So you made it through the interviews and reference checks and finally landed a concrete offer. Not quite what you were hoping for? Take a deep breath. It is time to negotiate.

In my experience, dentists are not generally the best negotiators. Negotiating makes many of us uncomfortable. Most would prefer to just “take it or leave it” rather than stumbling into an awkward battle of wills. I am here to tell you that it doesn’t have to be like that. What is awkward personally is an integral part of the business world. Most practice owners understand this and expect you to work with them to structure a win-win situation.

So how do you do that? Here are a few tips:

First, be sure to keep your discourse upbeat but professional.
It is important to let them know that you are enthusiastic about the offer. You do not want your hesitation to accept to come across as a rejection of them or their practice. Keep in mind that they aren’t professional negotiators either. Though cliché, it’s not personal, it’s just business.

Second, do your research. How much should you expect to earn? Here are some resources through our blog, the Annual Dental Economics/LevinGroup Study, or the ADA site.  Also, be familiar with the terminology and common negotiable points of the contact. Click here to read a good summary of common terms and conditions.

Third, know your absolutes before you start. This is different than setting your goals. You need to make a personal decision about what you absolutely need. If the final contract doesn’t reach this standard, you must commit to yourself that you will walk away. It may be tempting to change your absolutes, but how realistic is it that you could be happy working under a contract that you resented from the start?

Fourth, make it clear that you want to achieve a “Win-Win” situation. Just as you don’t want to settle for less, you need to hear out the other side. Allow them to justify their approach. Ask for details to support their argument. The more they talk, the easier it will be to uncover their real objections. Are they worried that you are being paid too much or are they really just worried that you won’t be able to handle the load? Is that reasonable or do they just not have the patients?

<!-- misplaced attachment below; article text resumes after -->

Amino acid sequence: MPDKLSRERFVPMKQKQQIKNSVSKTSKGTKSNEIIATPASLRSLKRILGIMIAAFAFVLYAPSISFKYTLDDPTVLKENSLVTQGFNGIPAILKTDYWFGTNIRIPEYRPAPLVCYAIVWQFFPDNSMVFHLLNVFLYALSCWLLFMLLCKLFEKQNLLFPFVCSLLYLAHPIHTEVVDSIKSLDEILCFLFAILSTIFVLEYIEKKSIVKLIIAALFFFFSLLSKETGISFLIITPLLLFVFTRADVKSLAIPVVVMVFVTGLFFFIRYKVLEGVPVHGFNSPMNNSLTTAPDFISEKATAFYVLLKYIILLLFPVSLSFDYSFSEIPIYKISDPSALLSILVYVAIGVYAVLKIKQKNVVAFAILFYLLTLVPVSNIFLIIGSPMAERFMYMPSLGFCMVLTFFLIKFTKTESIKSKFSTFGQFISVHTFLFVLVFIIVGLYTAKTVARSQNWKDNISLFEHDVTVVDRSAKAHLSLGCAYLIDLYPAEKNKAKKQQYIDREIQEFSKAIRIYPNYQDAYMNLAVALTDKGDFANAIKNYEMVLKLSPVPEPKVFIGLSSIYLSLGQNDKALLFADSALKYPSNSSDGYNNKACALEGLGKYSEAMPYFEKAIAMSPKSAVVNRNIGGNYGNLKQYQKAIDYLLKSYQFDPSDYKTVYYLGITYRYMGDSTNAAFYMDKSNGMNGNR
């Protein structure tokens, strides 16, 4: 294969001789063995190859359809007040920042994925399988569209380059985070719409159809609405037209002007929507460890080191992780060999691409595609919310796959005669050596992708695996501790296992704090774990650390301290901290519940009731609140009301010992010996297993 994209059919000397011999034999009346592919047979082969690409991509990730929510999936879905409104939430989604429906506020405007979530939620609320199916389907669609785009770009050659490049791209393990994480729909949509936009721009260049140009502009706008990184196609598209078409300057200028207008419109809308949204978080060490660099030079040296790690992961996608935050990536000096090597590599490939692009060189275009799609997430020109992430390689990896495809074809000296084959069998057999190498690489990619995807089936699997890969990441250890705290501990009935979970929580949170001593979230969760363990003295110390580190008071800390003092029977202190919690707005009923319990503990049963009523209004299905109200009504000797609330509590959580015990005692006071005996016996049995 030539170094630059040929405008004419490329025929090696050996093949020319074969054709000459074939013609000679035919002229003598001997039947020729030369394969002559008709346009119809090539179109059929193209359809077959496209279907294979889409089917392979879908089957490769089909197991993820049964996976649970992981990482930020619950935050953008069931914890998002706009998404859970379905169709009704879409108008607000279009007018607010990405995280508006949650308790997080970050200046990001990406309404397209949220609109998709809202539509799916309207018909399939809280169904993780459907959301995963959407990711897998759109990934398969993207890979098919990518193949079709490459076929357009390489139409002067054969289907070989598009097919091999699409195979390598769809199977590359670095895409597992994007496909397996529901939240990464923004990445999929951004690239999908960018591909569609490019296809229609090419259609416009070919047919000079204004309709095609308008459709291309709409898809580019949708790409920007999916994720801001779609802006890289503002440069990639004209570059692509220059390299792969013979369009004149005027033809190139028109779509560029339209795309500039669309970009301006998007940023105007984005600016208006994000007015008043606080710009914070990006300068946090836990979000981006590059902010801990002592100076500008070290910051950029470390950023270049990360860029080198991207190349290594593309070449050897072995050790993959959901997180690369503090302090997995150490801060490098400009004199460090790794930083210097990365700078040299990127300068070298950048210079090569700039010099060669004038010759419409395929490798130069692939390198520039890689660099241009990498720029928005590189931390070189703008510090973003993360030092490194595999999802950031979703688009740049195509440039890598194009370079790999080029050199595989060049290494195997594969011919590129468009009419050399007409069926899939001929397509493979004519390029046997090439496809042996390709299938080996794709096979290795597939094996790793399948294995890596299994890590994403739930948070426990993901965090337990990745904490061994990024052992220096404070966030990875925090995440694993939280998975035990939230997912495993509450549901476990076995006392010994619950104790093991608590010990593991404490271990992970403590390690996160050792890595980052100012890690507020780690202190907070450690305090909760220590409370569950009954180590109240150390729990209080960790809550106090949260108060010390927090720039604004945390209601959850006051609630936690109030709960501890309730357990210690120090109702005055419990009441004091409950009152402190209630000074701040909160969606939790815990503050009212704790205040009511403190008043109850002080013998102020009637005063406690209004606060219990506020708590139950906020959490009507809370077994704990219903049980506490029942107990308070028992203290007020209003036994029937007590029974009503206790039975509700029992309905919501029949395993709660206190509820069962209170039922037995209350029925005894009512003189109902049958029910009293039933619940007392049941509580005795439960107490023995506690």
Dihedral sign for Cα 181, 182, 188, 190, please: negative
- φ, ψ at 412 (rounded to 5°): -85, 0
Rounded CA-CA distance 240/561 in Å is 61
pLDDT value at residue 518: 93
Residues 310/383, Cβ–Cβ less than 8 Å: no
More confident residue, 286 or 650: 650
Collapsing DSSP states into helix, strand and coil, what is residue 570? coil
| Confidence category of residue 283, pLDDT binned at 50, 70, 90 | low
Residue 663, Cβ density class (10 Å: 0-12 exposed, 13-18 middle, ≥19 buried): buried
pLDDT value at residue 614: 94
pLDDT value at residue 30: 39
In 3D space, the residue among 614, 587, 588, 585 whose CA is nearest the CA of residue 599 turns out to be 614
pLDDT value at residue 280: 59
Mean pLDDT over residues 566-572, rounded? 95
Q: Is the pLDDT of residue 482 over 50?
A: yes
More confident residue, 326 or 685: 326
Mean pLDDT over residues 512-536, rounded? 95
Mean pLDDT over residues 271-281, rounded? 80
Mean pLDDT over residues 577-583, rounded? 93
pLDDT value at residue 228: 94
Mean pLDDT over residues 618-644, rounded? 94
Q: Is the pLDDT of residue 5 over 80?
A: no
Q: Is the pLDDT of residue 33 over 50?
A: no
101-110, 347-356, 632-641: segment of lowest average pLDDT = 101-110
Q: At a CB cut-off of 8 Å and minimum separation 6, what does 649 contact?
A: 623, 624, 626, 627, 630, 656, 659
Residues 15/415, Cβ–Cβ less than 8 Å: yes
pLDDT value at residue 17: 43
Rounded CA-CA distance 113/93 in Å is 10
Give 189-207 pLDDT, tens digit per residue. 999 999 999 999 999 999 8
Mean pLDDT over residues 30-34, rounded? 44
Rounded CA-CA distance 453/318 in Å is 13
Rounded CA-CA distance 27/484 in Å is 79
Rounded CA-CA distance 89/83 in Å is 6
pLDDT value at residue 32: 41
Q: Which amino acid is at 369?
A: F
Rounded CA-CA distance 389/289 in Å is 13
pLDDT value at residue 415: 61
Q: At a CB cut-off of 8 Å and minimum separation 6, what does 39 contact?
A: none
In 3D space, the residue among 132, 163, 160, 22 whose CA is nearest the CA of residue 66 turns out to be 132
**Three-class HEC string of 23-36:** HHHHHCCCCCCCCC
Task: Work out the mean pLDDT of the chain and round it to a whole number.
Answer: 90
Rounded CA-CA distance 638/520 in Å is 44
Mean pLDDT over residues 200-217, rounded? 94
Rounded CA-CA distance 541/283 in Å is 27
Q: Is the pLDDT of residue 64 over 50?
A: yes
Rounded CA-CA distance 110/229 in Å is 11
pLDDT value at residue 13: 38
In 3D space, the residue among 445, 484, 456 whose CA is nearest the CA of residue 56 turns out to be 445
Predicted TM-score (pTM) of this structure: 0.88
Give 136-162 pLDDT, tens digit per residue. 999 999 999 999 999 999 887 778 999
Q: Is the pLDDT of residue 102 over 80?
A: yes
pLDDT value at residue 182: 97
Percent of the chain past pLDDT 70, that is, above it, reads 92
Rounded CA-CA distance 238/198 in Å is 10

Fifth, hold firm to what is important but don’t be immovable. If they didn’t think you were worth it, you wouldn’t have an offer in hand. There is nothing wrong with drawing a hard line and letting them propose alternatives. Just be sure to make it clear that you would consider concessions. Then, if they are willing to make a concession, you need to be prepared to concede as well.

Sixth, be prepared to walk away. Some things just weren’t meant to be. If there is absolute deadlock and you were not able to achieve your absolutes, it may be time to step out of the process.  Be sure to be gracious. Don’t burn any bridges. The dental community is too small for that.

Finally, get it in writing. Once you have agreed to terms, be sure that those terms are clearly spelled out in the final contract.

I hope that these tips will help you form a solid foundation on which to build the next stage of your career. Please feel free to contact the recruiters at ETS Dental if you have any questions or for more tips on lining up your dream job.

Morgan Pace is a Senior Regional Dental Recruiter with ETS Dental. He covers the South-East U.S. territories. Morgan can be reached at

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